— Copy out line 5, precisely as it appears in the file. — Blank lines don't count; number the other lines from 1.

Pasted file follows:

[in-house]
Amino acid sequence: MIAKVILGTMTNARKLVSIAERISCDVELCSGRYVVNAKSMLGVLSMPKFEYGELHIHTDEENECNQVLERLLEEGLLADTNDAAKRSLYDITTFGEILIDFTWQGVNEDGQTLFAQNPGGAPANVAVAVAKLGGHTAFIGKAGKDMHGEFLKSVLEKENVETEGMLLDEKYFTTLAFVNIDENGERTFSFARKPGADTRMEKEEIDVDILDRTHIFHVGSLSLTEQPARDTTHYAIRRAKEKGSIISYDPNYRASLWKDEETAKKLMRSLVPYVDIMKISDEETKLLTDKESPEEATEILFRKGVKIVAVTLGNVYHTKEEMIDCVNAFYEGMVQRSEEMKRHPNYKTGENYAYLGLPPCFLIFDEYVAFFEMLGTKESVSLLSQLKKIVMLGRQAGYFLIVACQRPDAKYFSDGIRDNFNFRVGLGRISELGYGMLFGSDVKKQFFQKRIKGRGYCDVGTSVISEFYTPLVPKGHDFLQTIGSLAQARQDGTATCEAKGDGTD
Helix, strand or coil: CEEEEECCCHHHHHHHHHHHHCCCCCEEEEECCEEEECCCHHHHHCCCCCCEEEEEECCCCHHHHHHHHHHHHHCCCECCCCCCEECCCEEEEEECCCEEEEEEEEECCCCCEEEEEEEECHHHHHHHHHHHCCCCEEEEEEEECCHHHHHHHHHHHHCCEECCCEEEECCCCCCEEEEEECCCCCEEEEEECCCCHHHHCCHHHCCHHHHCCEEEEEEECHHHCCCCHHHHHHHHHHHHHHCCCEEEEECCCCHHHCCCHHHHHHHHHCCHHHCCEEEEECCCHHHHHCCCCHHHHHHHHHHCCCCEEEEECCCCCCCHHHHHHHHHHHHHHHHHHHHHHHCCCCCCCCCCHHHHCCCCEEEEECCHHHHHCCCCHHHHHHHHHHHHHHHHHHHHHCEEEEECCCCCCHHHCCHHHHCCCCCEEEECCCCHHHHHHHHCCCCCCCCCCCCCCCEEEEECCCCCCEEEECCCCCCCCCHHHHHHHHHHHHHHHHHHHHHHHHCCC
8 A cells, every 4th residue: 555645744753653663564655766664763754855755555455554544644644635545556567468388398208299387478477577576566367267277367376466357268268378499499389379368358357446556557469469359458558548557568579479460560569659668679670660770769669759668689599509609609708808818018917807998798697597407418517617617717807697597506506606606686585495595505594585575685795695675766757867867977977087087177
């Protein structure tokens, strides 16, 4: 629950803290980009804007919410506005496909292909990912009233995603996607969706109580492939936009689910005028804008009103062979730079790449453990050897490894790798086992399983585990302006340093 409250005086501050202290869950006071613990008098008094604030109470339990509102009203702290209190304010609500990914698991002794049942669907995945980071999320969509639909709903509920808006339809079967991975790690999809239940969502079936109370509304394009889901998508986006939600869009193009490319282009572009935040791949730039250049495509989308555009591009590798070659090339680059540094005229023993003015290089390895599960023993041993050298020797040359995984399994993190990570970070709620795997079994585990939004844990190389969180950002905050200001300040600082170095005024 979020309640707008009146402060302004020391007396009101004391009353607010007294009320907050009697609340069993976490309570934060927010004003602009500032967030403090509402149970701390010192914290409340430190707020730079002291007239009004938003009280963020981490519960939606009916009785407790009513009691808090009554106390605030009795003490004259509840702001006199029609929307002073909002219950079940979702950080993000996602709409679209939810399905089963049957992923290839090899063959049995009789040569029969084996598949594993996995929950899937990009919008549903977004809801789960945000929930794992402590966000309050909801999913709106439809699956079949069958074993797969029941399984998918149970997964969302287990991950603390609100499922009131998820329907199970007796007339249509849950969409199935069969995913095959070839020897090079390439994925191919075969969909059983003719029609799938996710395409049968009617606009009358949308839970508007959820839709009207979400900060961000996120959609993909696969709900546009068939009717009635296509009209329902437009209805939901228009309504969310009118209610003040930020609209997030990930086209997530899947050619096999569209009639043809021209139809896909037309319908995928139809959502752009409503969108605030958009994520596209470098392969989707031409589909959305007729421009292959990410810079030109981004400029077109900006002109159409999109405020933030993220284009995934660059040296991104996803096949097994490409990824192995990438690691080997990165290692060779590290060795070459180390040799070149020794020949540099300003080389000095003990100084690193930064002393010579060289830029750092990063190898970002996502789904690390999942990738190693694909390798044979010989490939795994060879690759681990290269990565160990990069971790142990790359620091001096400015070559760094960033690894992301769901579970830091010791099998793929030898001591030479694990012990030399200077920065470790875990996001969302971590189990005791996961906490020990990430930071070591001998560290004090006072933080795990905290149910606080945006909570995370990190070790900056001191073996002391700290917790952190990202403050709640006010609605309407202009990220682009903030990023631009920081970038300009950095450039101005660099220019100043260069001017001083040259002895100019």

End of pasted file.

């Protein structure tokens, strides 16, 4: 629950803290980009804007919410506005496909292909990912009233995603996607969706109580492939936009689910005028804008009103062979730079790449453990050897490894790798086992399983585990302006340093 409250005086501050202290869950006071613990008098008094604030109470339990509102009203702290209190304010609500990914698991002794049942669907995945980071999320969509639909709903509920808006339809079967991975790690999809239940969502079936109370509304394009889901998508986006939600869009193009490319282009572009935040791949730039250049495509989308555009591009590798070659090339680059540094005229023993003015290089390895599960023993041993050298020797040359995984399994993190990570970070709620795997079994585990939004844990190389969180950002905050200001300040600082170095005024 979020309640707008009146402060302004020391007396009101004391009353607010007294009320907050009697609340069993976490309570934060927010004003602009500032967030403090509402149970701390010192914290409340430190707020730079002291007239009004938003009280963020981490519960939606009916009785407790009513009691808090009554106390605030009795003490004259509840702001006199029609929307002073909002219950079940979702950080993000996602709409679209939810399905089963049957992923290839090899063959049995009789040569029969084996598949594993996995929950899937990009919008549903977004809801789960945000929930794992402590966000309050909801999913709106439809699956079949069958074993797969029941399984998918149970997964969302287990991950603390609100499922009131998820329907199970007796007339249509849950969409199935069969995913095959070839020897090079390439994925191919075969969909059983003719029609799938996710395409049968009617606009009358949308839970508007959820839709009207979400900060961000996120959609993909696969709900546009068939009717009635296509009209329902437009209805939901228009309504969310009118209610003040930020609209997030990930086209997530899947050619096999569209009639043809021209139809896909037309319908995928139809959502752009409503969108605030958009994520596209470098392969989707031409589909959305007729421009292959990410810079030109981004400029077109900006002109159409999109405020933030993220284009995934660059040296991104996803096949097994490409990824192995990438690691080997990165290692060779590290060795070459180390040799070149020794020949540099300003080389000095003990100084690193930064002393010579060289830029750092990063190898970002996502789904690390999942990738190693694909390798044979010989490939795994060879690759681990290269990565160990990069971790142990790359620091001096400015070559760094960033690894992301769901579970830091010791099998793929030898001591030479694990012990030399200077920065470790875990996001969302971590189990005791996961906490020990990430930071070591001998560290004090006072933080795990905290149910606080945006909570995370990190070790900056001191073996002391700290917790952190990202403050709640006010609605309407202009990220682009903030990023631009920081970038300009950095450039101005660099220019100043260069001017001083040259002895100019």